Reinforcing the Turkish entrepreneurial state: Opinion

Reinforcing the Turkish entrepreneurial state: Opinion

Soner Kistak
Reinforcing the Turkish entrepreneurial state: Opinion

Turkey’s top defense body has recently signed an agreement for the mass production of ATMACA cruise missiles with Roketsan.

The last decade has witnessed the emergence of certain myths surrounding entrepreneurship and start-ups both nationally and globally. Recent Turkish graduates have seemingly concluded that older generations got their careers all wrong: They believe public sector jobs pertain to a bureaucratic and old-style state structures, while corporate jobs are dying-out legacies. However, start-ups and their job offerings, which include Apple, Google, Uber, etc., are the legendary innovative opportunities that shape the new world. They will eventually supersede all existing structures.

This black-and-white romantic picture that glorifies “the start-up culture” misses an important factor in the emergence of all major technology companies: the “Entrepreneurial State” (a term coined by Professor Mariana Mazzucato in her excellent 2014 book of the same name). Focusing on the U.S. case, Prof. Mazzucato debunks the myth that the state is a backward regressive structure while the private sector is the mother of all innovation. She takes the often-cited case of Apple as an example to disprove this fairy tale as the private sector only found the courage to invest after an entrepreneurial state had made high-risk investments. In the chapter “The State Behind the iPhone”, she demonstrates that every technology that makes the iPhone ‘smart’ was partly (US-)government funded: The Internet, GPS, its touch-screen display, and the voice-activated Siri. In another chapter, she discusses the role US institutions and programs such as the Defense Advanced Research Projects Agency (DARPA), the Small Business Innovation Research (SBIR) Program, and the National Nanotechnology Initiative played. Naturally, we cannot discount the leadership of entrepreneurs like Steve Jobs in leading these companies, however it would be unfair to taxpayers if we forgot to mention the role of infrastructures created by publicly funded research. Prof. Mazzucato’s work shows that cooperation between the public and private sectors can increase a country’s technological development, and that the neo-liberal “small state is beautiful” claim is not always true.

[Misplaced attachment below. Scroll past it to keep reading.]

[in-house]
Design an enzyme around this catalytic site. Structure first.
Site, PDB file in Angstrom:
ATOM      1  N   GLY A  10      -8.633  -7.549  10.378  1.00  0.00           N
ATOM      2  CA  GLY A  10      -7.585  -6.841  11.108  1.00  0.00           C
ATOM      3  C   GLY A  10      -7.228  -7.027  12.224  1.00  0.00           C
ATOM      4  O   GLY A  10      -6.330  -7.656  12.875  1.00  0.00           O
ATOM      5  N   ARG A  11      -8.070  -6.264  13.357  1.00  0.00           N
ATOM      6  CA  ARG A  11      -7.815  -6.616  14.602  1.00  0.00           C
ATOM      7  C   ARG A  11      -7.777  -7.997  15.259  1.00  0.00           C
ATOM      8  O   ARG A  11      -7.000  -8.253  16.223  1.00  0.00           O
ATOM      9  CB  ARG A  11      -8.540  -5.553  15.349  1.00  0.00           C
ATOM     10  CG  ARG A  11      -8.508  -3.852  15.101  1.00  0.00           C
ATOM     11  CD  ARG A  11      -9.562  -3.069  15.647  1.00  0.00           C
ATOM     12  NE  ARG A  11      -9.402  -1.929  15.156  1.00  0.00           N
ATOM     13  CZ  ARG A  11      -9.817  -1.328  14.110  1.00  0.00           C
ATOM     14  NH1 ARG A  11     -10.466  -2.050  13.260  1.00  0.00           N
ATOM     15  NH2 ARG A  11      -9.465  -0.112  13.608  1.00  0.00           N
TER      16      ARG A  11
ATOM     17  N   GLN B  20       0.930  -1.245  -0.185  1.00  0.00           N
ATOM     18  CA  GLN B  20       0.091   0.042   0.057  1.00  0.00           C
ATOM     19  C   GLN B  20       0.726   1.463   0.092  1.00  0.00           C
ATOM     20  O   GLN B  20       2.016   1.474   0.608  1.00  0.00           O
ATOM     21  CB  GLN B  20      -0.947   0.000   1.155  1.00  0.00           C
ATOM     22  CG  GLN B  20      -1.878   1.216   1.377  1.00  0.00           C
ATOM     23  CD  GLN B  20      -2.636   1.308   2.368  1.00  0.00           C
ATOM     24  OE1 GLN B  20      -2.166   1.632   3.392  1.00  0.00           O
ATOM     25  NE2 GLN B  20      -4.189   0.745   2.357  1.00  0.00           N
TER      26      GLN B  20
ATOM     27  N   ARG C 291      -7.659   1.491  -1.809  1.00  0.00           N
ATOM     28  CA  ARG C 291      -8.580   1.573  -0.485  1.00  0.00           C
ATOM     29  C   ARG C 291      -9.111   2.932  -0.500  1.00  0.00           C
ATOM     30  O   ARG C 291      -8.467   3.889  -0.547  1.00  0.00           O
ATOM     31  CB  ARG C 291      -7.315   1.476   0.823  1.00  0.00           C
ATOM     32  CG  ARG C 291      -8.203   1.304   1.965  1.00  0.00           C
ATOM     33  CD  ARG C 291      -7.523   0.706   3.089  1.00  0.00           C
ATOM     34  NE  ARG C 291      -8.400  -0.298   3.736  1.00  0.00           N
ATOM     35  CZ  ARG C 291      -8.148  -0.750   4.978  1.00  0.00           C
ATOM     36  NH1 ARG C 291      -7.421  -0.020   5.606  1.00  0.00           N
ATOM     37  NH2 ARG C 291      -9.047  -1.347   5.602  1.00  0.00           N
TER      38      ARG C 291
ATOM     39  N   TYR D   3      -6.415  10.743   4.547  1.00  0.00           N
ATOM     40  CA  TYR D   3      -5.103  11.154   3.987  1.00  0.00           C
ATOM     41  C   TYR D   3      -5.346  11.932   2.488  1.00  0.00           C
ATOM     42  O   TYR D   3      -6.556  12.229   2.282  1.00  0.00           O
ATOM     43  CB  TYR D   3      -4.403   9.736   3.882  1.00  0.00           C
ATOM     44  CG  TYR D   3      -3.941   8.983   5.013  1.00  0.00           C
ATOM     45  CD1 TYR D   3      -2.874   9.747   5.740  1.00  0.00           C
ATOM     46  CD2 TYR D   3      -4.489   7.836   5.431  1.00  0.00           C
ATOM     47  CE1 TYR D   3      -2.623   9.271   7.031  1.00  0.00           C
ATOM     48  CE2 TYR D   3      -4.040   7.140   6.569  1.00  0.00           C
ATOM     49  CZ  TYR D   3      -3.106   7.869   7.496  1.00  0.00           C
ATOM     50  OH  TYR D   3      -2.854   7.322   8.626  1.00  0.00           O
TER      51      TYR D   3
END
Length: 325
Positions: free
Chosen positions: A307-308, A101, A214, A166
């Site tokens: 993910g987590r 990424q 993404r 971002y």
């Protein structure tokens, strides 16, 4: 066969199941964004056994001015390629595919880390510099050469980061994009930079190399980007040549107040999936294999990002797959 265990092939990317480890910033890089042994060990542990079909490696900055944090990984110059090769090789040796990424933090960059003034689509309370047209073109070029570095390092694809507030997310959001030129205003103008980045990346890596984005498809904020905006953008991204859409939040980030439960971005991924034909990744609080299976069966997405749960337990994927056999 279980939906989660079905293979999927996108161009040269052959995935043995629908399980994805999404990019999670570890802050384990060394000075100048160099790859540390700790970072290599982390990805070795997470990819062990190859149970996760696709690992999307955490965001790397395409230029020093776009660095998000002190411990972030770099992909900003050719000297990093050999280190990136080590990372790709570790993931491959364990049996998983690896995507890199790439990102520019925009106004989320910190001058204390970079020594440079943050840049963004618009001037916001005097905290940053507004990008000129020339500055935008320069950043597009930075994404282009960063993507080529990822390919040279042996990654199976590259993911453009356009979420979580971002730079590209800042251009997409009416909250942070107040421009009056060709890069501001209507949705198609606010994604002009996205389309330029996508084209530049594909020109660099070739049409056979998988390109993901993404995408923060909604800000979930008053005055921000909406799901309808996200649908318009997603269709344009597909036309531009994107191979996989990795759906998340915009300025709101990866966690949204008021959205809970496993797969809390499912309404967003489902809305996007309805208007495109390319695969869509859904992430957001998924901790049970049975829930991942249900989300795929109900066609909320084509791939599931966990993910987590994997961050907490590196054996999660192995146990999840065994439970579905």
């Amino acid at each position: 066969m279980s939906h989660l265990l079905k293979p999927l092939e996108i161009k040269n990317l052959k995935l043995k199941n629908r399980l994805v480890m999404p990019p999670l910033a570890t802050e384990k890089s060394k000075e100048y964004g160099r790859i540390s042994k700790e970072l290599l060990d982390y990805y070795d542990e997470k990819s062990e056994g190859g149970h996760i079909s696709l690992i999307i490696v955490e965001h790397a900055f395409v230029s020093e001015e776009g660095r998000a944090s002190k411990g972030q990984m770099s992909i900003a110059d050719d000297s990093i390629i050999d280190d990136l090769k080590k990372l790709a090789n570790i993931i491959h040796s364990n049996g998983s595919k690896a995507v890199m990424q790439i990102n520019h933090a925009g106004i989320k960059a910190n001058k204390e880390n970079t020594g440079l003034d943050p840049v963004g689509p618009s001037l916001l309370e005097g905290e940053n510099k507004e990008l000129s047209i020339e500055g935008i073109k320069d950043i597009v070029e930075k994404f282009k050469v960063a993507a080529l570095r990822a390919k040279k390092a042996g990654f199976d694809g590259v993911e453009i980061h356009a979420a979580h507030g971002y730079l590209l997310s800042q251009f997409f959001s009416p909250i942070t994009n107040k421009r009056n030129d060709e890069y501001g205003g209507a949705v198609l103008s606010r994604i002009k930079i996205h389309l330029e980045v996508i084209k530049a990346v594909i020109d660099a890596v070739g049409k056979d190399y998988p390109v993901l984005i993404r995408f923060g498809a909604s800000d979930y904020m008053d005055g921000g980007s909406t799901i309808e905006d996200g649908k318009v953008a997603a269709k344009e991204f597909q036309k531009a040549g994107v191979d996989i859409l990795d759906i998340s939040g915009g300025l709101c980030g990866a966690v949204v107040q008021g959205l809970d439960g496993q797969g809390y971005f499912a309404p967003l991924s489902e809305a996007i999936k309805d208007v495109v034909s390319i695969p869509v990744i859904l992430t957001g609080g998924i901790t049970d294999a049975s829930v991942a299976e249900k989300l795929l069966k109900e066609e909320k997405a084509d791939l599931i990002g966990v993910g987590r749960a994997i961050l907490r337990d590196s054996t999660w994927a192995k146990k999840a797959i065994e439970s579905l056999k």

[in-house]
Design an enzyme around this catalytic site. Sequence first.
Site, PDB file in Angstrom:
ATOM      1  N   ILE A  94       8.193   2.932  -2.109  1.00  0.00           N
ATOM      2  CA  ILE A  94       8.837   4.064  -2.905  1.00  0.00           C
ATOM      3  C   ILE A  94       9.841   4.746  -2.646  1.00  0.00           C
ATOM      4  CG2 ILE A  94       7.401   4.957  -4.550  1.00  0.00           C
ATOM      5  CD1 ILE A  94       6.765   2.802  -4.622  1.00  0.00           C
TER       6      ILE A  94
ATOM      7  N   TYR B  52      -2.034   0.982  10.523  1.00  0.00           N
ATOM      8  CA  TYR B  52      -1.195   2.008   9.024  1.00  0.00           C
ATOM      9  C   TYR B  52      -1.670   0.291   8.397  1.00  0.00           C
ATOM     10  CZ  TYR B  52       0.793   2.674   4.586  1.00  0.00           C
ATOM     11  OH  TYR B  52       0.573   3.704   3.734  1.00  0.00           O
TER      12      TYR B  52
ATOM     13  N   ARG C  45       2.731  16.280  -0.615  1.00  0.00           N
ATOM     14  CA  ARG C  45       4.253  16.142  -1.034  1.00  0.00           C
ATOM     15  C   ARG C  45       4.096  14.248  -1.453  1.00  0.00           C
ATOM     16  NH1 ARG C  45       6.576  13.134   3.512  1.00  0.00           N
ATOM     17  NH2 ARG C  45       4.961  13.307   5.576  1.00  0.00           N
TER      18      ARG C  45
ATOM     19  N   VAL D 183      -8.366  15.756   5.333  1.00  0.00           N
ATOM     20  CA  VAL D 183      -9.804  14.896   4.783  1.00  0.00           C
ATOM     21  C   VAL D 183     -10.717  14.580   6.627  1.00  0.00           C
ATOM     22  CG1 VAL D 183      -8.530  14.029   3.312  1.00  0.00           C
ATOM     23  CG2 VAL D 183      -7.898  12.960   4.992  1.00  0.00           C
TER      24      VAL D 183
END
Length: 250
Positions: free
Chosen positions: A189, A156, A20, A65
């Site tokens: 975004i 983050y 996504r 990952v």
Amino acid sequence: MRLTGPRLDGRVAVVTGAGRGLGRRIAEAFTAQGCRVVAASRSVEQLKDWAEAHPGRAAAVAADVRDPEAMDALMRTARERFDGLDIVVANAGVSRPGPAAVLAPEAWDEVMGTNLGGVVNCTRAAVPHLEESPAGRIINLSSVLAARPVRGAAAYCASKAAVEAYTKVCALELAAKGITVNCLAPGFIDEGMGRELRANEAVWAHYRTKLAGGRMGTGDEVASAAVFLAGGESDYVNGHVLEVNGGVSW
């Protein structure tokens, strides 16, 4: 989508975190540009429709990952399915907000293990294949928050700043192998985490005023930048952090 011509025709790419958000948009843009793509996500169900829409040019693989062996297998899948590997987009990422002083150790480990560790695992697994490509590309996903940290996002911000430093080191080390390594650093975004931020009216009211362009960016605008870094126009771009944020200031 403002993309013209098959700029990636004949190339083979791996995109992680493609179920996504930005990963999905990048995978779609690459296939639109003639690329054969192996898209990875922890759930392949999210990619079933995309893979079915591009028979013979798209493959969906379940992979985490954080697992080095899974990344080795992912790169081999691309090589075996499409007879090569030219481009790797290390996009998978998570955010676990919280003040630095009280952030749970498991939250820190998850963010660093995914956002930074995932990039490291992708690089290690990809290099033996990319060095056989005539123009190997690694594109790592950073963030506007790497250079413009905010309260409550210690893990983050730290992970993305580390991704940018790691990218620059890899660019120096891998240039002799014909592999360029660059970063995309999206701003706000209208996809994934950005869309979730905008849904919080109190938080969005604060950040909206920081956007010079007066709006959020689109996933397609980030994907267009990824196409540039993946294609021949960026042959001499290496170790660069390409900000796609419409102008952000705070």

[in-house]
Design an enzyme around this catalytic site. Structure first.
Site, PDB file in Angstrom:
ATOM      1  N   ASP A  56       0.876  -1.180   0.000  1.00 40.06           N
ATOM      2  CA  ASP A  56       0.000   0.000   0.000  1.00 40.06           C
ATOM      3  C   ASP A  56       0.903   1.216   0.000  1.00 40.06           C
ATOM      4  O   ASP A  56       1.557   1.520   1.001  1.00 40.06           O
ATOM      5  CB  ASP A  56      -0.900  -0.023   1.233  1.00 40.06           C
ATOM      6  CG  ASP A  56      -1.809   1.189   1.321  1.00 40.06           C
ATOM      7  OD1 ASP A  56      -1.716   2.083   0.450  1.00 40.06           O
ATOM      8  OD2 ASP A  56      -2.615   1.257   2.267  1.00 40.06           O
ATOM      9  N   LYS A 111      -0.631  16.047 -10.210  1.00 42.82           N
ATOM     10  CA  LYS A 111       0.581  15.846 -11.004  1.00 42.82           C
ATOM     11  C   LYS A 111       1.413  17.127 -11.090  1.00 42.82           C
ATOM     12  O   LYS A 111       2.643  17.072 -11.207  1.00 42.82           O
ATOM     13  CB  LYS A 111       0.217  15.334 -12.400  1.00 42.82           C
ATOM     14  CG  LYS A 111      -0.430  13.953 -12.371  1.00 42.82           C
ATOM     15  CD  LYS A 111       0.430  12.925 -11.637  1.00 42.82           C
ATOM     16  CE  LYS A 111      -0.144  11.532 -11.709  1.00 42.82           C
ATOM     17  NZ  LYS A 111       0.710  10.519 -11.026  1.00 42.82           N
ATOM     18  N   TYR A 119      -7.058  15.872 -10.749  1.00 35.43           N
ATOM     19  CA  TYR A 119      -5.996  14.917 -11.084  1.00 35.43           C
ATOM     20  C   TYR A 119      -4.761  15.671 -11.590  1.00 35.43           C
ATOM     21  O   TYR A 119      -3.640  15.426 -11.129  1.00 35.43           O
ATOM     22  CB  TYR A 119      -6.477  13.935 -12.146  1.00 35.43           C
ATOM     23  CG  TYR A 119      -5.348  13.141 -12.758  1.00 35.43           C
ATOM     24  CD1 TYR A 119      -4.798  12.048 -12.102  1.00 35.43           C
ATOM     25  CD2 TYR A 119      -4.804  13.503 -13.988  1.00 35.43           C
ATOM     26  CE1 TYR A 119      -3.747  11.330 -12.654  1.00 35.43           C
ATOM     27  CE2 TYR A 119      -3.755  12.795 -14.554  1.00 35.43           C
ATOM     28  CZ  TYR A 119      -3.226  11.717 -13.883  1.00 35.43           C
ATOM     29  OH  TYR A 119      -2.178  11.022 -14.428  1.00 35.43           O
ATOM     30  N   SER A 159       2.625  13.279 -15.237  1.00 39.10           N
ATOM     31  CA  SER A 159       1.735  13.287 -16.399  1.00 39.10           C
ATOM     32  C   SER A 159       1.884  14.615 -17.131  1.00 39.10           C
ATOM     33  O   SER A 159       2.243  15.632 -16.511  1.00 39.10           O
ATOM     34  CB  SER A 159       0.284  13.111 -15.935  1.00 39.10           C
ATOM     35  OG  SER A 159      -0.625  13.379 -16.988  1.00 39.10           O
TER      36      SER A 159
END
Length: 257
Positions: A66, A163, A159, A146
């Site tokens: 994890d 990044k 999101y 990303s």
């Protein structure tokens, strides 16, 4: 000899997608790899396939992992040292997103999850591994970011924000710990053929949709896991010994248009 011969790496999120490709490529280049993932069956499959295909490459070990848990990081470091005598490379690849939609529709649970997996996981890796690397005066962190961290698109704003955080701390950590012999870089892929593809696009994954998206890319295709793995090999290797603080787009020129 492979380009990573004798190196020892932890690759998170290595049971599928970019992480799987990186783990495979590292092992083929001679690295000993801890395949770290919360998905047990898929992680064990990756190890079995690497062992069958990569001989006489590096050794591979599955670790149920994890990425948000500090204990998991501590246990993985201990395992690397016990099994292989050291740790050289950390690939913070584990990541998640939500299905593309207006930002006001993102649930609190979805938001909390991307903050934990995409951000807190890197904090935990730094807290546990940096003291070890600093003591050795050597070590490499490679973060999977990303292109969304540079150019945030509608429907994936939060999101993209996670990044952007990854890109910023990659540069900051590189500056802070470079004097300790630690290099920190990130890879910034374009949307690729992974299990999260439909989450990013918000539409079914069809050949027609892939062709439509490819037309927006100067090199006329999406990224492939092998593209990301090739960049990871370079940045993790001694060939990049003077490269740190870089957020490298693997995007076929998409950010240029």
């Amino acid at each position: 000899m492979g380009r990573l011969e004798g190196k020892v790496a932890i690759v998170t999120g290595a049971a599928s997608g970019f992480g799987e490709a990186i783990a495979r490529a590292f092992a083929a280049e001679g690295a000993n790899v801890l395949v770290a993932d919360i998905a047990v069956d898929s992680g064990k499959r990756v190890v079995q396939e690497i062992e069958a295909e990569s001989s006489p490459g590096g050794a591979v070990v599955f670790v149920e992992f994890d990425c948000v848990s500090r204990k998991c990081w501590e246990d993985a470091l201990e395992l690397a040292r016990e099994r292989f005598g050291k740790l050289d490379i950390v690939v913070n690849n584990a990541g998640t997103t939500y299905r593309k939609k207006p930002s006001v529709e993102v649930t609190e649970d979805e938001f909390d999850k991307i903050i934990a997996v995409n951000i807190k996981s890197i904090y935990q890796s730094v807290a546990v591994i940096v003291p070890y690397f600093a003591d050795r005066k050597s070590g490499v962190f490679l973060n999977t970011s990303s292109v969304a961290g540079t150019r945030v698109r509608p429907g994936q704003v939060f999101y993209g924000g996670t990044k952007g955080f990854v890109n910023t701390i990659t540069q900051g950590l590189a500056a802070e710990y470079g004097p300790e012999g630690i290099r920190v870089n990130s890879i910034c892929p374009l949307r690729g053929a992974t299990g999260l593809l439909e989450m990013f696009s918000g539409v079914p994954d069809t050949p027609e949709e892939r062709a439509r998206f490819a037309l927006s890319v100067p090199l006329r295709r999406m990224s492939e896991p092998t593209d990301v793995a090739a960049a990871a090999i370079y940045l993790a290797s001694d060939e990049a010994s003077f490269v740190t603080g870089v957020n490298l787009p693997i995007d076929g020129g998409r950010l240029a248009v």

This discussion is also relevant for Turkey. Similar to the U.S., in the last four decades Turkish state enterprises—ranging from Aselsan to MKE, from Undersecretariat for Defence Industries (SSM) to Tübitak, from Roketsan to TAI—have contributed much to the development of the Turkish Industry. For example, Turkish defense exports reached 1 billion 739 million USD in 2017. While this number remains significantly lower to those of G8 countries, it is still very promising in terms of the potential it represents. State investments in the defense sector, particularly after 1975, had positive spillover effects on other sub-sectors, such as automotive, chemical, software development, and logistics.

Moving forward, since Turkey has industrialization and technological development ambitions, its state-financed enterprises could make a real difference in order to achieve these goals. Inspiring from the U.S.. example, the Turkish entrepreneurial state can avail more public funds to its research institutions and support their R&D projects. This support is likely to bear fruits over the next decades in terms of innovation. Here, the defense sector plays a key role. For instance, in large-scale defense contracts concluded with NATO partners Turkish companies can benefit from having a closer R&D collaboration with their foreign counterparts. Turkish Universities with strong engineering departments already cooperate with defense industries, however the state can take this cooperation to the next level by providing more financial and human resources. In terms of start-up developments, nationwide state-funded programs after the manner of incubator and accelerator programs can be promoted across all regions. These public investments are likely to pay-off in the long run in terms of innovation, additional economic activity, technological advancement, and job creation. Such programs, if successful, would create a context where Turkey keeps its brightest young minds at home by offering them interesting opportunities and prevent brain drain. The Turkish state has an important leadership role to play in forming an entrepreneurial spirit and in jump-starting the Turkish tech development.

defense industry, Turkish economy, Technology